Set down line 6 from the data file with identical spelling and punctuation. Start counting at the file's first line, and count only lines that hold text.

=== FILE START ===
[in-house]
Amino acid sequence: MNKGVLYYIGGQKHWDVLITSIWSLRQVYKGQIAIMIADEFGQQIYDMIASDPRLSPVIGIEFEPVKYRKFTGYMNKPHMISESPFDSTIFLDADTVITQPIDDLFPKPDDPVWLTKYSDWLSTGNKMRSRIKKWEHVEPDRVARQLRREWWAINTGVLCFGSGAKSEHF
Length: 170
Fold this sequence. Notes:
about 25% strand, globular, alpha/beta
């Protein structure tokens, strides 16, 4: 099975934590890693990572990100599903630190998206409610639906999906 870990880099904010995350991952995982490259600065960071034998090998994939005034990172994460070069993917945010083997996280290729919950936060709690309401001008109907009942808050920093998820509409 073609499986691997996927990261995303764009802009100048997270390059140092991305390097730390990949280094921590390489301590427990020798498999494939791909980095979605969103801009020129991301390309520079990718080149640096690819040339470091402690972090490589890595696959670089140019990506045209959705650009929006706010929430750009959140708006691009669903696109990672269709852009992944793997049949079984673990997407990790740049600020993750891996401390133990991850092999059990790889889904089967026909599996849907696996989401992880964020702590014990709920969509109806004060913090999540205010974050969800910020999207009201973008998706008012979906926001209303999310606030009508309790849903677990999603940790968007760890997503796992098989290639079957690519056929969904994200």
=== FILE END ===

């Protein structure tokens, strides 16, 4: 099975934590890693990572990100599903630190998206409610639906999906 870990880099904010995350991952995982490259600065960071034998090998994939005034990172994460070069993917945010083997996280290729919950936060709690309401001008109907009942808050920093998820509409 073609499986691997996927990261995303764009802009100048997270390059140092991305390097730390990949280094921590390489301590427990020798498999494939791909980095979605969103801009020129991301390309520079990718080149640096690819040339470091402690972090490589890595696959670089140019990506045209959705650009929006706010929430750009959140708006691009669903696109990672269709852009992944793997049949079984673990997407990790740049600020993750891996401390133990991850092999059990790889889904089967026909599996849907696996989401992880964020702590014990709920969509109806004060913090999540205010974050969800910020999207009201973008998706008012979906926001209303999310606030009508309790849903677990999603940790968007760890997503796992098989290639079957690519056929969904994200």